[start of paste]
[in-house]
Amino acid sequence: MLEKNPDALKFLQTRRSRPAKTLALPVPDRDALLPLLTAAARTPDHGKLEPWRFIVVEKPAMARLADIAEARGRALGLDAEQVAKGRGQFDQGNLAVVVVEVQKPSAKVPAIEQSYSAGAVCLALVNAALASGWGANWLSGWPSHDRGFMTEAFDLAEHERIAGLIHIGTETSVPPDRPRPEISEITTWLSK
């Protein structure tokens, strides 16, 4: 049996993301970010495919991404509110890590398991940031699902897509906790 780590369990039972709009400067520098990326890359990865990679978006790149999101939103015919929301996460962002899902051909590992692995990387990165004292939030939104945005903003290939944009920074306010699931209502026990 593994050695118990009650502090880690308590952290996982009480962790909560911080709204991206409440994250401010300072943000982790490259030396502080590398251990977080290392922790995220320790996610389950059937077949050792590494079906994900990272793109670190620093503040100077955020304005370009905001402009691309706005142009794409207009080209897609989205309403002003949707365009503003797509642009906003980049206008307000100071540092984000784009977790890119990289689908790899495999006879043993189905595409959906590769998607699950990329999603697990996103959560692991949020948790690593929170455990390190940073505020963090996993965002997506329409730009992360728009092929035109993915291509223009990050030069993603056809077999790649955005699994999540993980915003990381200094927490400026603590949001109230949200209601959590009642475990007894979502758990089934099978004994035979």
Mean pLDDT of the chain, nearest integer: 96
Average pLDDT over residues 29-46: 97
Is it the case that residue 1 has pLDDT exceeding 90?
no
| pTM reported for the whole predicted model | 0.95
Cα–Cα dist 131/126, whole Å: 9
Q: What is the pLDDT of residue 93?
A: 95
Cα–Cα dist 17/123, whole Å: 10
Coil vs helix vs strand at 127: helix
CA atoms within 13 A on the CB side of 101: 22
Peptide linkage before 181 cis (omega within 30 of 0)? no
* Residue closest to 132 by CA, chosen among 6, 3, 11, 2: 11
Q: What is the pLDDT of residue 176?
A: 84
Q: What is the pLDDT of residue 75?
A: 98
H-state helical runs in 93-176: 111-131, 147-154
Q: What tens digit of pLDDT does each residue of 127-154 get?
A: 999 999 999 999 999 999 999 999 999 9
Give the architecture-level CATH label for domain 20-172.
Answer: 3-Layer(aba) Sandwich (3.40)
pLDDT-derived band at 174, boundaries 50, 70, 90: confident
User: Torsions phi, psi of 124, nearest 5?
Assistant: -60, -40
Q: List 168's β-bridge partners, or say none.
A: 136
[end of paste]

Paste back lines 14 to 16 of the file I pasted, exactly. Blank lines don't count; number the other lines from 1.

CA atoms within 13 A on the CB side of 101: 22
Peptide linkage before 181 cis (omega within 30 of 0)? no
* Residue closest to 132 by CA, chosen among 6, 3, 11, 2: 11